Apart from brief, introductory stops at The Young Person’s Guide to the Orchestra and Variations on a Theme of Frank Bridge (both of which are orchestral Variations set on another English composer’s musical kernel), Benjamin Britten is best known for his operas and vocal music. But amid his output are also eight concertos, only one of them famous, two known, two obscure or unfinished, and two hiding in plain sight.
The 1932 Double Concerto for Violin, Viola, and Orchestra was an advanced student work, written half a year after Britten had received the Royal College of Music’s Ernest Farrar Prize for Composition and the penultimate work before he began attaching the seal of official approval—opus numbers—to his works. Britten wrote with displeasure about its “fatuous slow movement”, but Christopher Mark suggests in the Cambridge Companion to Benjamin Britten that it approaches the Sinfonietta op.1 in quality. Britten never wrote it out inorchestral score.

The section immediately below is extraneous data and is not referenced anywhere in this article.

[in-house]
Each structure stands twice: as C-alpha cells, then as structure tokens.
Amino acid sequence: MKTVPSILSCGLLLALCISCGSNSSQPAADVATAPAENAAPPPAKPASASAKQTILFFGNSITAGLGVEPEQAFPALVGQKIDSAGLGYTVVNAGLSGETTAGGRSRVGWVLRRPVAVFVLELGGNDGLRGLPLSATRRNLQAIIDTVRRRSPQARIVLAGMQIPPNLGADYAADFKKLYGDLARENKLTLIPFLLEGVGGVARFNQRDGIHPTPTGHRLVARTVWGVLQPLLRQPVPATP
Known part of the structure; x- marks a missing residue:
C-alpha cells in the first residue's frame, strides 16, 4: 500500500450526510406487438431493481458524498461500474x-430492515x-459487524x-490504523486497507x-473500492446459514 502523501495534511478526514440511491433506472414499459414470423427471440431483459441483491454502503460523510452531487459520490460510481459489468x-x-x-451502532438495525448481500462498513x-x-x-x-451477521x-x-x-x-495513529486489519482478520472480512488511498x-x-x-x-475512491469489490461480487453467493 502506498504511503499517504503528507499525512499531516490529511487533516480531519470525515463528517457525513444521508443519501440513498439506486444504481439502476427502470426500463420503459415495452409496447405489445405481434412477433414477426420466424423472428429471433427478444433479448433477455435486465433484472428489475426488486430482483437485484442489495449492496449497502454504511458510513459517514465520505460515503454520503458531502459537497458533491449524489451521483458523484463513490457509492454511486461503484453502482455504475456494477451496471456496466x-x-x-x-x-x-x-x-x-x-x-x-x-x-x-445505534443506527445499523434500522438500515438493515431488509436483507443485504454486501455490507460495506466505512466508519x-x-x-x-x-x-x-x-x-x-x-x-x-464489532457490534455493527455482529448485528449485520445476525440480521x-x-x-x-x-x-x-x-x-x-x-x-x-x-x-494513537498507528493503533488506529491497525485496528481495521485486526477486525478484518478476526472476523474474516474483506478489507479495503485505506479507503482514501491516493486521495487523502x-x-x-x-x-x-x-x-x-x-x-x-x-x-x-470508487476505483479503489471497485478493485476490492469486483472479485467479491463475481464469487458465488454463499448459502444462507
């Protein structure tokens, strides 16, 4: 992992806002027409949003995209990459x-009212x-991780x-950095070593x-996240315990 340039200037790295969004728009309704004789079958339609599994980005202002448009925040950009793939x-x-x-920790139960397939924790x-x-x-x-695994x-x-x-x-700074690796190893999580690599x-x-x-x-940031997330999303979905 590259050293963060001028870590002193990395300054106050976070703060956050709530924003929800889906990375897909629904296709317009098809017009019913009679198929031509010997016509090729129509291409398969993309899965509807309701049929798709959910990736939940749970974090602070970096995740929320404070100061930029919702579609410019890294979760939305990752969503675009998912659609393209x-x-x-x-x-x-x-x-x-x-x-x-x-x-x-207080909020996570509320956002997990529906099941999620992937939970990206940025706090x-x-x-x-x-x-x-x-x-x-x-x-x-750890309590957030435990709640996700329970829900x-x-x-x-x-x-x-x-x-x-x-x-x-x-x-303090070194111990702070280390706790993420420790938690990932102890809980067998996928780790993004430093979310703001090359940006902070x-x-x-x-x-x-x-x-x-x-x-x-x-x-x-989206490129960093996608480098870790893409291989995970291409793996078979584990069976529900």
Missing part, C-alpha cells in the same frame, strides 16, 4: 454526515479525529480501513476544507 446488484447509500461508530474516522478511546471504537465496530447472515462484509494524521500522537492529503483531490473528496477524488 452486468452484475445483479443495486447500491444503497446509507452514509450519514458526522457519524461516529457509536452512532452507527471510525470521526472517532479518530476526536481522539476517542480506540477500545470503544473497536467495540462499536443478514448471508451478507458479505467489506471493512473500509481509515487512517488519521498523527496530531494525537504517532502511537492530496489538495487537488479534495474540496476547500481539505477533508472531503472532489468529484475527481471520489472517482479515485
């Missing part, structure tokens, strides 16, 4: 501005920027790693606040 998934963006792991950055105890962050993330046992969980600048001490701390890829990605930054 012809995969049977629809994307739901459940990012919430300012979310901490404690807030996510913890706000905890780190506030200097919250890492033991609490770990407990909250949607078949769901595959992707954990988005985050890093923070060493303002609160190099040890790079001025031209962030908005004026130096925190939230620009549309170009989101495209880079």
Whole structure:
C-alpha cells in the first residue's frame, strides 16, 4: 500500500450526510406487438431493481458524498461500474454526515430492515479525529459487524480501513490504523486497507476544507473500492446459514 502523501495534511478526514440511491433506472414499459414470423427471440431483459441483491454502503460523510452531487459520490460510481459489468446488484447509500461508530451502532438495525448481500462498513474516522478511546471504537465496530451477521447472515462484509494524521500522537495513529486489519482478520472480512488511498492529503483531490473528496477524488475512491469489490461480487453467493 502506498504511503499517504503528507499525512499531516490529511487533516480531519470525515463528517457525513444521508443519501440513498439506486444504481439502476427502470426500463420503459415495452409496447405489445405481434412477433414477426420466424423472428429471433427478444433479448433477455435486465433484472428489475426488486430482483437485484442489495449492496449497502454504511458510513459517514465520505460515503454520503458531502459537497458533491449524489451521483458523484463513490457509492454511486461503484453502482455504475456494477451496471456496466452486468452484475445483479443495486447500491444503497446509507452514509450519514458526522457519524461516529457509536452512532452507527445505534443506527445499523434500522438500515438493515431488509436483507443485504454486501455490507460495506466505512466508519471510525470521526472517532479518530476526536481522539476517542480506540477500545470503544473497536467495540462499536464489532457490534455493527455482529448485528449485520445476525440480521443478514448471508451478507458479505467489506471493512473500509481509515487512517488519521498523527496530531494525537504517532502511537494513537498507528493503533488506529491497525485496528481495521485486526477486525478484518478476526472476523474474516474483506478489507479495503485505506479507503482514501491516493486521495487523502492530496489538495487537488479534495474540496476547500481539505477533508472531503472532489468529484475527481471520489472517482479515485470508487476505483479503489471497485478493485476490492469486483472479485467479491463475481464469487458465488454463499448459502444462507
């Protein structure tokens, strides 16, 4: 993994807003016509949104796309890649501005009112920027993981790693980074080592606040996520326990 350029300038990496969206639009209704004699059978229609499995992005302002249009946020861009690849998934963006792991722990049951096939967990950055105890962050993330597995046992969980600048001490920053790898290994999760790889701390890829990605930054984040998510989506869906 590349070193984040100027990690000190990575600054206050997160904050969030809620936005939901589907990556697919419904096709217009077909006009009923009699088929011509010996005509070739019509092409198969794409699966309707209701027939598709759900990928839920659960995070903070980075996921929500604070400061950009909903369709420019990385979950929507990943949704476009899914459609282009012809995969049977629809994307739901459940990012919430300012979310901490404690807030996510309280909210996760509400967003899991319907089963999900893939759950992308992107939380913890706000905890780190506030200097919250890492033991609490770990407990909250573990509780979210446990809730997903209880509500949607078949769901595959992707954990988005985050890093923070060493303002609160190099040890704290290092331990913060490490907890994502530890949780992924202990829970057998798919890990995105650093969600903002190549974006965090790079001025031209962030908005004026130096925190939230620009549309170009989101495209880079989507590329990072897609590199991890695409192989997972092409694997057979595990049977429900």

In 1938, after Britten moved into the Old Mill at Snape, he wrote his Piano Concerto “No.1”—an optimistic if ultimately misleading designation, since Britten was not to write another piano concerto in the strict sense. It was a fine success and immediately premiered at the Proms by Sir Henry Wood and the BBC Symphony Orchestra—although then still with the original slow movement which Britten later replaced with a Passacaglia typical, by then, for his style.